Raman spectroscopy application in frozen carrot cooked in different ways and the relationship with carotenoids

Paolo Camorani, Emma Chiavaro, Luigi Cristofolini, Maria Paciulli, Maria Zaupa, Attilio Visconti, Vincenzo Fogliano, Nicoletta Pellegrini*

*Corresponding author for this work

Research output: Contribution to journalArticleAcademicpeer-review

15 Citations (Scopus)

Abstract

BACKGROUND: Raman spectroscopy, in its confocal micro-Raman variation, has been recently proposed as a spatially resolved method to identify carotenoids in various food matrices, being faster, non-destructive, and avoiding sample extraction, but no data are present in the literature concerning its application to the evaluation of carotenoid pattern changes after thermal treatment of carrots. RESULTS: The effect of three cooking methods (i.e. boiling, steaming and microwaving) was evaluated on frozen carrot, comparing changes on carotenoid profiles measured by means of Raman spectroscopy with their high-performance liquid chromatographic determination and colour. A more pronounced detrimental effect on carotenoids was detected in steamed carrots, in accordance with colour data. Conversely, boiling and, to a lesser extent, microwaving caused an increase in carotenoid concentration. Cooking procedures affected the Raman spectral features of carotenoids, causing a shift of vibration frequencies towards a higher energy, increase in the spectral baseline and peak intensities as well as a broadening of their width, probably in relation to the thermal degradation of longer carotenoids (i.e. the all-trans form) and the isomerization process. In particular, steamed samples showed a significantly higher increase of centre frequency, in accordance with a more pronounced isomerization and changes in colour parameters. CONCLUSION: This work showed that the evolution of Raman spectral parameters could provide information on carotenoid bioaccessibility for carrots cooked using various methods. This paves the way for a future use of this technique to monitor and optimize cooking processes aimed at maximizing carotenoid bioaccessibility and bioavailability.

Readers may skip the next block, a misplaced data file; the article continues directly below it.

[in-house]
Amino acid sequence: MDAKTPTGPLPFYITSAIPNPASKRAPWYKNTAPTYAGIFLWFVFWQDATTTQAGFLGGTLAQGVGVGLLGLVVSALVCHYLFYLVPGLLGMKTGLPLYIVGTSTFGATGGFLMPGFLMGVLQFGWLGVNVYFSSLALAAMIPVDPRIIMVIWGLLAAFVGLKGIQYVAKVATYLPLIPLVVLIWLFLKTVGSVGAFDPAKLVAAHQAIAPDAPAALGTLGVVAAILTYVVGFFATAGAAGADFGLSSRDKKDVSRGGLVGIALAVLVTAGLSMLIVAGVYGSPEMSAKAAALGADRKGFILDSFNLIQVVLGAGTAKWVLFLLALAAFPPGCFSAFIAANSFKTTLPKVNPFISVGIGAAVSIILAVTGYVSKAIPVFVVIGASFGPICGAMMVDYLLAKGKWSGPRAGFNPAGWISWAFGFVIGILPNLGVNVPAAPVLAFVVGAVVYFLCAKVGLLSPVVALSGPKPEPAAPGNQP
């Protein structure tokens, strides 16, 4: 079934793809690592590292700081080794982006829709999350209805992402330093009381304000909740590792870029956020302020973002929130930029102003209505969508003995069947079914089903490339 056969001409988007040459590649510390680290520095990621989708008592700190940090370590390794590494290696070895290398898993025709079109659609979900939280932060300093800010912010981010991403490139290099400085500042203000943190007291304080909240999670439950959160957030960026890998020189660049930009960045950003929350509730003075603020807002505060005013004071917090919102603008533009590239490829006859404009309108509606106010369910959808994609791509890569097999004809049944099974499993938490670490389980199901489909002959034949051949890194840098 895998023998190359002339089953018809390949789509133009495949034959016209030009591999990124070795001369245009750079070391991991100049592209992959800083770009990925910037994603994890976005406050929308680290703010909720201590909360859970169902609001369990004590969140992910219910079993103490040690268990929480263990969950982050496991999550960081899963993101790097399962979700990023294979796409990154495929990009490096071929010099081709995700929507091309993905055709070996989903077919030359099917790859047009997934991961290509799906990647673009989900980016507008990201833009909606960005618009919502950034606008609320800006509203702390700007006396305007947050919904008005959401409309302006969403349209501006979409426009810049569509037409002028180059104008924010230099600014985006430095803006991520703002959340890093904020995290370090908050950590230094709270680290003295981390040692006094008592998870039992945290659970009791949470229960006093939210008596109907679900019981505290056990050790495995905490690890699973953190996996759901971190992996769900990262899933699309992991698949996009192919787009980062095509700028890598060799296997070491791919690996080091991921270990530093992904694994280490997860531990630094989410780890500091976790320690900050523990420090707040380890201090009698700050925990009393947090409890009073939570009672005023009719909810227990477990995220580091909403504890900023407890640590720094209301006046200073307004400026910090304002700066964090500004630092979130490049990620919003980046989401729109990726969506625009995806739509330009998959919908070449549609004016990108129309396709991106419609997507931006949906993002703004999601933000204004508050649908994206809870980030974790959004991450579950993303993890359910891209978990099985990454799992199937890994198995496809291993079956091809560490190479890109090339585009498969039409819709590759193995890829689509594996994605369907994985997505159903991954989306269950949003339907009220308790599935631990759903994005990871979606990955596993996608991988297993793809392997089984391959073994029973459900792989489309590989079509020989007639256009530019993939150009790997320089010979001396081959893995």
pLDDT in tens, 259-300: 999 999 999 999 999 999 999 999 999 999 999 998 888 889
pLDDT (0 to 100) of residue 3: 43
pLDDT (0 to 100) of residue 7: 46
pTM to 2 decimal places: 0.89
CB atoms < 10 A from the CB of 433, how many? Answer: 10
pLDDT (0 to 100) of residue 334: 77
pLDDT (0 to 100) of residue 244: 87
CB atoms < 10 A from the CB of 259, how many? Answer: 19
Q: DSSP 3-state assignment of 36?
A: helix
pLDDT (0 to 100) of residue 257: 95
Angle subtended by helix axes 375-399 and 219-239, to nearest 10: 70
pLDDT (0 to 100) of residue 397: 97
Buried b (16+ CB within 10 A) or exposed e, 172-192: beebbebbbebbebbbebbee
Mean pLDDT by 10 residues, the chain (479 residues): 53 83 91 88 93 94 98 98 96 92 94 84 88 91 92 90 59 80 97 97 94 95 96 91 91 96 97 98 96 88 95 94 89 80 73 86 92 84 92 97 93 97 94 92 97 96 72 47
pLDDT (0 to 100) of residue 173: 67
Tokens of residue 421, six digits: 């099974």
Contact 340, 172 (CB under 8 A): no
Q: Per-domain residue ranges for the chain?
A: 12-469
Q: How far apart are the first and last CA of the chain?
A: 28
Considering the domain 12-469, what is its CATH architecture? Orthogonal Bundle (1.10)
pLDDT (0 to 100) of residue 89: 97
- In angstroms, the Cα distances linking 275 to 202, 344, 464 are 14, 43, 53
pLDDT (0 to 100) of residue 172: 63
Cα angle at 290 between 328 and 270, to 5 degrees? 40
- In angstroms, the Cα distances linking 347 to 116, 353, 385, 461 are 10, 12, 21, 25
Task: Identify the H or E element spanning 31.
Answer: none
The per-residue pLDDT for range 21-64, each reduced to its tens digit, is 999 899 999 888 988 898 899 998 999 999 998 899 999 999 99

Original languageEnglish
Pages (from-to)2185-2191
JournalJournal of the Science of Food and Agriculture
Volume95
Issue number11
DOIs
Publication statusPublished - 2015

Keywords

  • Carotenoids
  • Carrot
  • Cooking
  • Freezing
  • Raman spectroscopy

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